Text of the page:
For the 1983 season, Pérez reunited with "Big Red Machine" teammates Pete Rose and Joe Morgan on the Philadelphia Phillies. Still a feared hitter based on his reputation, Pérez was a reserve player for their Phillies during their run to the World Series that year, and batted .242 in his five World Series appearances. Following the season, he returned to the Cincinnati Reds as a free agent, where he remained until his retirement following the 1986 season.
In 1984, at age 42, he became the oldest player to hit a walk-off pinch-hit home run (off the Pirates' Don Robinson). On May 13, 1985, batting against Philadelphia Phillies' reliever Dave Rucker, he became the oldest player (44) to hit a grand slam, breaking a 70-year-old record held by Honus Wagner. The new record stood until Julio Franco broke it at age 46 in 2004. Pérez was named National League Player of the Week during the final week of his career at age 44, when he went 8-for-19 with a home run, three doubles, and 6 runs batted in.
His final career hit and RBI came on October 4, 1986, at Riverfront Stadium when he hit a solo home run off San Diego Padres pitcher Ed Whitson in a 10–7 Reds win. The following day was the Reds' last game of the year and the final game of his career. In his final at-bat, he flied out against Andy Hawkins in a 2–1 Padres' win.
|Tony Pérez's number 24 was retired by the Cincinnati Reds in 2000.|
Pérez was inducted into the Cincinnati Reds Hall of Fame in 1998. On May 27, 2000, in an on-field pre-game ceremony at Cinergy Field (formerly Riverfront Stadium) with family and former teammates and managers, the Reds retired his number, 24.
In 2000, Pérez was elected to the Baseball Hall of Fame in Cooperstown, New York, garnering 385 votes on 499 ballots for a total of 77.15%, just over the three-quarters minimum required for induction. He was inducted in July 2000 along with Sparky Anderson, Carlton Fisk, Bid McPhee and Turkey Stearnes. In his induction speech, he said, "I doubt that a king at his coronation feels better than me today." Each year since his induction, he has attended the weekend ceremonies, including riding in the annual parade and playing in the annual golf outing and old-timers' baseball game.
Pérez was inducted into the Hispanic Heritage Baseball Museum Hall of Fame in 2001 at a pre-game ceremony held at the San Francisco Giants' Pacific Bell Park. That same year he threw out the ceremonial first pitch at the 2001 All-Star Game at the Seattle Mariners' Safeco Field; he had played at the Mariners' previous home, the Kingdome, during the 1979 All-Star Game. Pérez in 1998 was inducted into the Caribbean Baseball Hall of Fame, which honors those that have made significant achievements in the Caribbean Series. He was one of 24 inaugural inductees into the Latino Baseball Hall of Fame in 2010. He was inducted in 2010 to the Cuban Sports Hall of Fame.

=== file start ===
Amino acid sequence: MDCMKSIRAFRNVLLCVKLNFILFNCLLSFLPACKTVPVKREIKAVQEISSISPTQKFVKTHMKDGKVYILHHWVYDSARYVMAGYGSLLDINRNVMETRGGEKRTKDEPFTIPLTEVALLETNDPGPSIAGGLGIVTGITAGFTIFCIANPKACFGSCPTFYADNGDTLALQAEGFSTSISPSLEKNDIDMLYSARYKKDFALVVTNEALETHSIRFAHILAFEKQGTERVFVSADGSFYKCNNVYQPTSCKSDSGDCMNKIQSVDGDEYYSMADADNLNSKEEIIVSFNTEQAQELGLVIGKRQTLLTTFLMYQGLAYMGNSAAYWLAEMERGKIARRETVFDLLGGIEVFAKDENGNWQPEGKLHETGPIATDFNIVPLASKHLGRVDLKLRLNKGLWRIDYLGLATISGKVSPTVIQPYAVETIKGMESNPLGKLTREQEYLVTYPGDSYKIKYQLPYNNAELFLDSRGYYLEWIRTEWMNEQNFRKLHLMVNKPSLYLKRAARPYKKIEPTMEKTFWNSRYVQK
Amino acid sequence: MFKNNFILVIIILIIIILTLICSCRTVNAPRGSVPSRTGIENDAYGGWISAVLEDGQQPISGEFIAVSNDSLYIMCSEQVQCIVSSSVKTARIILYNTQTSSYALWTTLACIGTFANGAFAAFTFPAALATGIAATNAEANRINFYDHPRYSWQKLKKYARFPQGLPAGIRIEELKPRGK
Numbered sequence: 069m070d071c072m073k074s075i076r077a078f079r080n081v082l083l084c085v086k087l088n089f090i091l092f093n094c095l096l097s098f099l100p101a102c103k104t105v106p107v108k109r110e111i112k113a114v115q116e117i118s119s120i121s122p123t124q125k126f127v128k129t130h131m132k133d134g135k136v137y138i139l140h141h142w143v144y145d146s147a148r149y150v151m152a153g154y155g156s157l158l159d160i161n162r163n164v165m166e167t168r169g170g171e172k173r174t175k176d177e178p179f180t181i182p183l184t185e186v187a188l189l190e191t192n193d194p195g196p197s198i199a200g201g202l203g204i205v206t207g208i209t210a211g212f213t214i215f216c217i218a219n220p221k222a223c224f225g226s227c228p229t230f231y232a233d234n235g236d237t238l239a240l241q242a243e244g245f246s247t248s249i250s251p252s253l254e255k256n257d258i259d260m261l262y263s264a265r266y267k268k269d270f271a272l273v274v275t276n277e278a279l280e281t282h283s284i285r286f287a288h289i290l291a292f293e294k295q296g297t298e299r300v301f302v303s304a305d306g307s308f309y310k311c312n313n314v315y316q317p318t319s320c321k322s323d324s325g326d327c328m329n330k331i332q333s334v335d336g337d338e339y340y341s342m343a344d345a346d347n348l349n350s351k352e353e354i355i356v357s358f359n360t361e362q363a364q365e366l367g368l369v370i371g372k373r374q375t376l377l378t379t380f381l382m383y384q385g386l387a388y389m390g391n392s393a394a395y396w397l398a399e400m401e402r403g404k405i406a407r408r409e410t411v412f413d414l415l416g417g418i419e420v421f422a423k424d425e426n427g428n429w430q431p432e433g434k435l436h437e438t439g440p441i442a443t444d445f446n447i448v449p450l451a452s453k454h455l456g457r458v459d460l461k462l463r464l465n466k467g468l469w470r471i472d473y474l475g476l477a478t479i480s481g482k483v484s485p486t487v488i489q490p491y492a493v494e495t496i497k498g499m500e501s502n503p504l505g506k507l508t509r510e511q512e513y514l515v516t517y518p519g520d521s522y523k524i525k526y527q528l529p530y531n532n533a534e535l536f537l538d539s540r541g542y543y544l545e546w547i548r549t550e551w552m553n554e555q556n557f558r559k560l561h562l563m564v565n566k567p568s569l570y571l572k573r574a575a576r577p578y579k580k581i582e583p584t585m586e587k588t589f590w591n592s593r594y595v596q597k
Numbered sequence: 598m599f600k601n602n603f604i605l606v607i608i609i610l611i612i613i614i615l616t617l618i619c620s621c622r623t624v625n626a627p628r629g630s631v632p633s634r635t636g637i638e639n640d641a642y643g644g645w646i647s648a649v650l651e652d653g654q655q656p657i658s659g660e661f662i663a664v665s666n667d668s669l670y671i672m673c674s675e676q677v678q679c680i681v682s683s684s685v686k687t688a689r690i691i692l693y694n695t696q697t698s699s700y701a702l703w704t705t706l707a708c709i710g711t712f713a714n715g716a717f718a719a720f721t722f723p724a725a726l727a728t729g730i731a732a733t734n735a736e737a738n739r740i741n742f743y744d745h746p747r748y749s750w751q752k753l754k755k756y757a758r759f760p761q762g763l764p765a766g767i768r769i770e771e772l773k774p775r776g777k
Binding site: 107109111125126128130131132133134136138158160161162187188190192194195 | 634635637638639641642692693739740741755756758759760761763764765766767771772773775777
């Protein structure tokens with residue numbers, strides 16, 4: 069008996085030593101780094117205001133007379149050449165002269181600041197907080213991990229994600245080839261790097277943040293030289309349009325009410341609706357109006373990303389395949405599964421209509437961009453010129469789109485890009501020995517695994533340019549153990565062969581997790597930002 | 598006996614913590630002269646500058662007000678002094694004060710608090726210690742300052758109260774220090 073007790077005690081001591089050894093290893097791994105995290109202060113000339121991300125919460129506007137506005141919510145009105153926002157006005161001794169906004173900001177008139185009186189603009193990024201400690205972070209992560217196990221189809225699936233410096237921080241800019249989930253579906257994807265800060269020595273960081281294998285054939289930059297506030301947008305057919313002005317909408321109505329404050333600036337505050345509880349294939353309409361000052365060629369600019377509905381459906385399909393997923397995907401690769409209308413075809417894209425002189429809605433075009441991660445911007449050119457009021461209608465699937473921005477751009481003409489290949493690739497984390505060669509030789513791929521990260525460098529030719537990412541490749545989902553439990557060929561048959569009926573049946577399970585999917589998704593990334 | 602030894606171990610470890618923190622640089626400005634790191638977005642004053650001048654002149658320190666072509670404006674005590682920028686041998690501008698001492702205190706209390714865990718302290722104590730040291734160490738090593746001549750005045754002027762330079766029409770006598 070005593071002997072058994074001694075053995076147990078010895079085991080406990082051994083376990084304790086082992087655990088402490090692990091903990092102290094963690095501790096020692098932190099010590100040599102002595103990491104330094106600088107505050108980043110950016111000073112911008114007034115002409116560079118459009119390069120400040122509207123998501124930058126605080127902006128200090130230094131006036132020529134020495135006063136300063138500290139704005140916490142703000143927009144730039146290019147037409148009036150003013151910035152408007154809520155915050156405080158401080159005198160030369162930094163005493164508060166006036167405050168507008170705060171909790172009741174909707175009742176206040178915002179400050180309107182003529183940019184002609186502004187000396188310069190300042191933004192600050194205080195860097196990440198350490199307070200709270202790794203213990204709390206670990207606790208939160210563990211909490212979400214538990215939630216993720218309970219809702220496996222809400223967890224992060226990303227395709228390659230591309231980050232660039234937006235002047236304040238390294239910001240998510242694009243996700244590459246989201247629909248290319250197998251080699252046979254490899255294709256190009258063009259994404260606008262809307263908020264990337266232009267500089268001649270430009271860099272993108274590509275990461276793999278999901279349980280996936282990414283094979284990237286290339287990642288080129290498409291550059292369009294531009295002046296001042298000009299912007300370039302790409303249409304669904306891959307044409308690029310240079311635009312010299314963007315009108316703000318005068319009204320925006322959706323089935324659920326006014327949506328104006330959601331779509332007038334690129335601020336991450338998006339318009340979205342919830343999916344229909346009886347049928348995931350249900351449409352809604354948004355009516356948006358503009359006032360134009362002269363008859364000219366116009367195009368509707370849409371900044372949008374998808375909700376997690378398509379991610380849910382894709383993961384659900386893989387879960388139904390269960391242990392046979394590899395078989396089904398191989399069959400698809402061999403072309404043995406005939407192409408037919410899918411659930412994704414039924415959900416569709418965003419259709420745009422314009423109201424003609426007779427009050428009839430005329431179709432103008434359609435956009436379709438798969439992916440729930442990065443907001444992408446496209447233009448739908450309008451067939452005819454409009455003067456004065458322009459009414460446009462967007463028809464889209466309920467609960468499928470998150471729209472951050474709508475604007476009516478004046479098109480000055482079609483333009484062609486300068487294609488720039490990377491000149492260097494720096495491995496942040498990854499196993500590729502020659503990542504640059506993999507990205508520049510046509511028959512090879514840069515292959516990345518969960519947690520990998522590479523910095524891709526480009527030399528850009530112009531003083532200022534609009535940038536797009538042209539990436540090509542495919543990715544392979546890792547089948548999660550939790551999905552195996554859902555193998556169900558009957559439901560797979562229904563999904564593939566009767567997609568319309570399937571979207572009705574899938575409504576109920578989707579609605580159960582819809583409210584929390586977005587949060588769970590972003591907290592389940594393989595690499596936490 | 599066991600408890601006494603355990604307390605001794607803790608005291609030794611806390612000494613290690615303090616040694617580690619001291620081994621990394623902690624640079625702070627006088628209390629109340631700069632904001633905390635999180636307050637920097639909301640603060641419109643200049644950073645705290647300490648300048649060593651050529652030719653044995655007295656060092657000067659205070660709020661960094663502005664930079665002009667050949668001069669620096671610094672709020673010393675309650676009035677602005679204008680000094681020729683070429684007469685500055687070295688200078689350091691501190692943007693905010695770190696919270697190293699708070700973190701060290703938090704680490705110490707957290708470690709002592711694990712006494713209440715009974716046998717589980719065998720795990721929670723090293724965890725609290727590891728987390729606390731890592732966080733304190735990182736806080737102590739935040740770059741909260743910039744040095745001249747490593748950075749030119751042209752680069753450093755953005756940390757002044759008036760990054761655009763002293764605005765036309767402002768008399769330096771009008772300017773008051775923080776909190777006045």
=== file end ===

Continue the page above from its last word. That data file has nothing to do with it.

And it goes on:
In 2011, with Pérez and his sons in attendance at opening ceremonies of the Museo del Deporte de Puerto Rico in Guaynabo, the Commonwealth of Puerto Rico, his adopted homeland, presented him with a surprise honor. He was proclaimed an official "native son" of Puerto Rico "for his dedication to the commonwealth as a family and community member, and for his impressive baseball accolades while representing the island." Also present were fellow Hall-of-Famers Orlando Cepeda and Roberto Alomar plus Vera Clemente, widow of Roberto Clemente.
On August 10, 2014, at the annual Reds Hall of Fame Induction Gala, former Reds teammates Johnny Bench and Joe Morgan along with Pérez himself announced that the Reds would erect a statue of Pérez outside Great American Ball Park.
On the weekend of August 21–22, 2015, the Cincinnati Reds held Tony Pérez Weekend during a series with the Arizona Diamondbacks. At least a dozen players of the Big Red Machine were part of a post-game ceremony that Friday's night. On Saturday, a bronze statue of Pérez was unveiled near the entrance to Great American Ball Park. Fans attending the game received replica statues, and there was a pre-game ceremony honoring Pérez, followed by him throwing the ceremonial first pitch.